[SDL] SDL useful for sound synthesis?

David Olofson david at olofson.net
Thu Sep 21 10:42:30 PDT 2006

On Thursday 21 September 2006 18:46, Louis Desjardins wrote:
> Hi there,
> I've been browsing through the SDL site and the examples to try to
> figure whether SDL is appropriate for my application.
> I'm basically synthesizing my own sound using an "additive
> synthesis" technique, i.e. adding individual continuous sinusoids
> that each have their own phase, frequency, and amplitude.
> I am able to compute 10 seconds of sound and then output this to the
> audio device simply via OSS. However, I need to be able to do this
> in an "on-the-fly" manner, i.e. I cant be precalculating 10 seconds
> of sound, but rather, I will be calculating a few milliseconds of
> sound samples at a time and playing these as soon as they get
> processed.

Works For Me(TM). ;-)


		(Uses a predecessor of the above.)


		DT-42 DrumToy

All of the above use the SDL audio API directl; no SDL_mixer or 

simplemixer and speaker are rather small and simple and might serve as 

DT-42 deals with synchronization of the display with audio output with 
significant latency, which is a must in such applications if you 
can't get "almost zero" latency output.

> I just have to make sure that everything is real-time and sounds
> continuous and that there are no clicks or anything between samples.

Well, there's the problem... In my experience, this works fine on Mac 
OS X out of the box, and Linux, as long as you avoid sound daemons. A 
10-20 ms should work fine; below 5 ms on a properly tuned system with 
a preemptive or low latency patched Linux kernel. That's quite 
sufficient for real time synthesis, at least if you take care to 
timestamp and implement incoming MIDI events and the like properly. 
(Maintain a fixed latency, rather than handling all events starting 
at the first sample frame of each buffer.)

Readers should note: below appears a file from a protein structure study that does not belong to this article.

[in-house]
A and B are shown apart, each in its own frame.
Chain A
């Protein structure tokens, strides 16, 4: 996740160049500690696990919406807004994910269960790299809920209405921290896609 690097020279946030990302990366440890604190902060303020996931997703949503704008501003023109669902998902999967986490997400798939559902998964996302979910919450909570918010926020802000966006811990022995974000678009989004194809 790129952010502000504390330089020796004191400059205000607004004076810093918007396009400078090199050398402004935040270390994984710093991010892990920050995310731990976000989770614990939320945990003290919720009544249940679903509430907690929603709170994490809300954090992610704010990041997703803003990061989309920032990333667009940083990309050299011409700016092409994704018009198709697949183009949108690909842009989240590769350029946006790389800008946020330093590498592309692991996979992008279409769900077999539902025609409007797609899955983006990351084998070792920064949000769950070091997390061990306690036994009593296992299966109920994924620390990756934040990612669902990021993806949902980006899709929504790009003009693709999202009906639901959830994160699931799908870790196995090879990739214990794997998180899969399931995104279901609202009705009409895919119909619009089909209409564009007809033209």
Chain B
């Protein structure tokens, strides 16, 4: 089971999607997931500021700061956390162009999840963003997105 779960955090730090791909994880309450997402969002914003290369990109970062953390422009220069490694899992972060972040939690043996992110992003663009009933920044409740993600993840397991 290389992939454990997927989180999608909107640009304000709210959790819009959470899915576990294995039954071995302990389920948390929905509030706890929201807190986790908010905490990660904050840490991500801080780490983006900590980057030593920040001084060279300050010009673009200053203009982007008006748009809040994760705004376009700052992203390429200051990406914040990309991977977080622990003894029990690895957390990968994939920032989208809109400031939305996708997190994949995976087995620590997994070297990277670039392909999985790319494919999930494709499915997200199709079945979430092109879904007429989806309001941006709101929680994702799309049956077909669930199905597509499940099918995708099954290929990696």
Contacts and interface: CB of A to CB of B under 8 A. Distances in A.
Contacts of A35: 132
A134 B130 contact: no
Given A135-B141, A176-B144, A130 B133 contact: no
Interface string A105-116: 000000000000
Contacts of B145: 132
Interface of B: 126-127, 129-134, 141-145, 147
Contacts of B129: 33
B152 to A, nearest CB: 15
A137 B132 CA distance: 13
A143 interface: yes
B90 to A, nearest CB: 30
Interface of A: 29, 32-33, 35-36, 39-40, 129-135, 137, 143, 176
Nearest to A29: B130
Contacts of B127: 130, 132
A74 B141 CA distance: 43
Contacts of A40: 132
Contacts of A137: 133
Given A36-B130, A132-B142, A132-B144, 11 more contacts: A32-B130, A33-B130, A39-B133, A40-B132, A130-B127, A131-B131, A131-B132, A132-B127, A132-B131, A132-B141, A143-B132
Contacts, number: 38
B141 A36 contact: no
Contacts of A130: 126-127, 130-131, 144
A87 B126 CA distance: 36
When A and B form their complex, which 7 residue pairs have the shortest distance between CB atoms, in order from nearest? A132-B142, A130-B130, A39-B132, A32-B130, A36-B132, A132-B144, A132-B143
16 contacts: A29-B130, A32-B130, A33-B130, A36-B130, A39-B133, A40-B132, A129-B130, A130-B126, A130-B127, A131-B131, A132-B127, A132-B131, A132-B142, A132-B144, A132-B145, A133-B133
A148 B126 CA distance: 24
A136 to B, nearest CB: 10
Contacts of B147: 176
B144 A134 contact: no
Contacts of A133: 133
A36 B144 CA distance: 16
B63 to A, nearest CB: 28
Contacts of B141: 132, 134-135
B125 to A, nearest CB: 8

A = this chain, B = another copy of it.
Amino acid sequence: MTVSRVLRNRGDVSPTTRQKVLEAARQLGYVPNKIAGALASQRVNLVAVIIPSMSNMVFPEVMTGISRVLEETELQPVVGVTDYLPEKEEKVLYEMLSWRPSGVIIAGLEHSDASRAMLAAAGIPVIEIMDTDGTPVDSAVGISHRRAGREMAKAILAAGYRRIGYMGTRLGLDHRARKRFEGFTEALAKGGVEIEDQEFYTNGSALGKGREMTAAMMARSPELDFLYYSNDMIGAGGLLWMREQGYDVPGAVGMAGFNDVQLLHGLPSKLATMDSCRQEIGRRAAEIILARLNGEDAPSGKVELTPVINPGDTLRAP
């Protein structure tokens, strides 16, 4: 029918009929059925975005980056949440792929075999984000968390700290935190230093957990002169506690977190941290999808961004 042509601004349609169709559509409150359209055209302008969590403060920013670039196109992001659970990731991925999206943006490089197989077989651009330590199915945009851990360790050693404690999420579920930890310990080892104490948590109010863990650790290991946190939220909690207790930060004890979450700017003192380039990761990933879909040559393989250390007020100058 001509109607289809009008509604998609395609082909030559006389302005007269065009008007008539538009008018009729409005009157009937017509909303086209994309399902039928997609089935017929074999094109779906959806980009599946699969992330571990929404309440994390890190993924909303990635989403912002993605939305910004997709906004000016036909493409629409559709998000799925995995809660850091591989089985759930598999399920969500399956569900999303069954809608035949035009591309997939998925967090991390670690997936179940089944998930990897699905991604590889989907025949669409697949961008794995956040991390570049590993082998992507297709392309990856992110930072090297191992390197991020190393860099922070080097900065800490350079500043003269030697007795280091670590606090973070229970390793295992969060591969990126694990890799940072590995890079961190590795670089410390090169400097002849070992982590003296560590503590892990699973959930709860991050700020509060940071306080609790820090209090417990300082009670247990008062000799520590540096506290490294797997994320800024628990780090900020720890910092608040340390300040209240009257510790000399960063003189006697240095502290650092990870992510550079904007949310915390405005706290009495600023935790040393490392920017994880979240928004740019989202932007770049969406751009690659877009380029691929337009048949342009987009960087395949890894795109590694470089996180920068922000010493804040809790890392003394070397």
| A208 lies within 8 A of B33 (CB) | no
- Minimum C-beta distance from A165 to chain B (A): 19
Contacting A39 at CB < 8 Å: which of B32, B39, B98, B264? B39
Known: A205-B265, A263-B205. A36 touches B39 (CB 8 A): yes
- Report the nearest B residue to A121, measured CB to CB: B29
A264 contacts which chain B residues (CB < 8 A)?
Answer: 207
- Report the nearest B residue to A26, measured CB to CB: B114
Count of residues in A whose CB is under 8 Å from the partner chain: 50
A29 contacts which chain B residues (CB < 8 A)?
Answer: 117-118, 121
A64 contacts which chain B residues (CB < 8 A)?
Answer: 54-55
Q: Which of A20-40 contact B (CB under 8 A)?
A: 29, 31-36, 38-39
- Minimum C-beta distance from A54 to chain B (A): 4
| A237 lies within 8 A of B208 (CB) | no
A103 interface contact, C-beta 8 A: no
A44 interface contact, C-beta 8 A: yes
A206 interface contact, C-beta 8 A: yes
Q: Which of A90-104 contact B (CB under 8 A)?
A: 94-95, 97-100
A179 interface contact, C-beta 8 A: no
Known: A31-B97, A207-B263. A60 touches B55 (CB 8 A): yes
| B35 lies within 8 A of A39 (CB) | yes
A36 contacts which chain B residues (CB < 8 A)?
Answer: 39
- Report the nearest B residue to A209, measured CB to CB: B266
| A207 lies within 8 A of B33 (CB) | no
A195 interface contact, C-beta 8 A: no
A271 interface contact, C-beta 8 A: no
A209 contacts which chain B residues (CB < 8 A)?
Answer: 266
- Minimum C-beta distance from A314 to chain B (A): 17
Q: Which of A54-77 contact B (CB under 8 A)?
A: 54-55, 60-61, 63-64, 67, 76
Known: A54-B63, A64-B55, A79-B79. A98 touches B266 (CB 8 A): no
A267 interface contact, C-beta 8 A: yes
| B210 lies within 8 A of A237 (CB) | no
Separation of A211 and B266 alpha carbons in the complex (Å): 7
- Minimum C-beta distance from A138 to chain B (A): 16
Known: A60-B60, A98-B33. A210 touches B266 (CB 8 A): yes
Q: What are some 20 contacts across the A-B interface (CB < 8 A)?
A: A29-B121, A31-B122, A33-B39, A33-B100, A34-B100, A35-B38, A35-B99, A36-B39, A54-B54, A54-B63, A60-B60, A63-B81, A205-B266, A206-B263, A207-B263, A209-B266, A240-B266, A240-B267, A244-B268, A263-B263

Whether you use SDL, or the underlying API (OSS, ALSA or CoreAudio) 
directly doesn't matter, as the layer is rather thin (minimal 
overhead) and doesn't involve any context switches or such.

However, I've never actually seen anything like low latency on Windows 
using SDL. DirectSound seems to be able to provide acceptable 
latencies with serious drivers (though many soft synths seem to use 
various low level hacks to achieve this), and ASIO should work too 
(designed specifically for low latency audio), but AFAIK, SDL doesn't 
support ASIO, and I don't know if "pro audio" DirectSound drivers 
would actually help SDL.

Now, considering that you mention OSS, I assume you're not on Windows, 
so maybe you won't have to worry about this.

> I am totally new to audio programming so if someone could help
> direct me as to whether SDL or SDL_mixer (or maybe another library)
> would be best suited for my needs (and why?) that woudl be great!

SDL_mixer and most other libs layer over the SDL audio API, so they 
don't really offer anything you'd need if you're already doing the 
synthesis in your code.

What you need to do is adapt your code to the callback model used by 
SDL. For each buffer, generate audio for that buffer, based on the 
current state of input.

Try to keep the CPU load as even as possible across buffers. Doing a 
large window FFT or something like that every N buffers is a bad 
idea, and will cause audio drop-out long before you're anywhere near 
utilizing the full CPU power.

//David Olofson - Programmer, Composer, Open Source Advocate

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